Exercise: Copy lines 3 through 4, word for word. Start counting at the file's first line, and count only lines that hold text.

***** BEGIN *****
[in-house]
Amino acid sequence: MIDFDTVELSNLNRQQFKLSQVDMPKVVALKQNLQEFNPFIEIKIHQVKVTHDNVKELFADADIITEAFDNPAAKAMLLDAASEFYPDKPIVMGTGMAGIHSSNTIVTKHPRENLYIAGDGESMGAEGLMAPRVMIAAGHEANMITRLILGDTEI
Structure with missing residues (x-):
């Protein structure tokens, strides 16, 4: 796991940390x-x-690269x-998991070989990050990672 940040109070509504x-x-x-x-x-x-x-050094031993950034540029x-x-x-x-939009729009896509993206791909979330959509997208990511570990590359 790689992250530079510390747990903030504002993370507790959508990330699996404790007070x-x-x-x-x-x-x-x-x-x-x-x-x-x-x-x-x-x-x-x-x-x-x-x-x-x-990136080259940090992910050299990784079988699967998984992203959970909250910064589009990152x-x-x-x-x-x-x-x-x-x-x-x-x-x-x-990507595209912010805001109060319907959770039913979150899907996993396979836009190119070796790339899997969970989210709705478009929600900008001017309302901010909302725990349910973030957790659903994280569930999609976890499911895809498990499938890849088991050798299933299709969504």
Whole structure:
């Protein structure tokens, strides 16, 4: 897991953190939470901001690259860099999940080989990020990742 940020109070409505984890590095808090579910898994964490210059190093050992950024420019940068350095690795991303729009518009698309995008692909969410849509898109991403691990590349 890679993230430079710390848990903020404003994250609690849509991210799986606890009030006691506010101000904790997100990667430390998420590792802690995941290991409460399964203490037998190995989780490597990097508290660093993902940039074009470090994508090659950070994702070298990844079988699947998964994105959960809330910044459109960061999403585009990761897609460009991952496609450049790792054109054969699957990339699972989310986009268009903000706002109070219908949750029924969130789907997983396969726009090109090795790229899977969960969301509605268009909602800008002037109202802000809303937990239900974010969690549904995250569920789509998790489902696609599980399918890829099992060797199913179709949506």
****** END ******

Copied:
Structure with missing residues (x-):
């Protein structure tokens, strides 16, 4: 796991940390x-x-690269x-998991070989990050990672 940040109070509504x-x-x-x-x-x-x-050094031993950034540029x-x-x-x-939009729009896509993206791909979330959509997208990511570990590359 790689992250530079510390747990903030504002993370507790959508990330699996404790007070x-x-x-x-x-x-x-x-x-x-x-x-x-x-x-x-x-x-x-x-x-x-x-x-x-x-990136080259940090992910050299990784079988699967998984992203959970909250910064589009990152x-x-x-x-x-x-x-x-x-x-x-x-x-x-x-990507595209912010805001109060319907959770039913979150899907996993396979836009190119070796790339899997969970989210709705478009929600900008001017309302901010909302725990349910973030957790659903994280569930999609976890499911895809498990499938890849088991050798299933299709969504």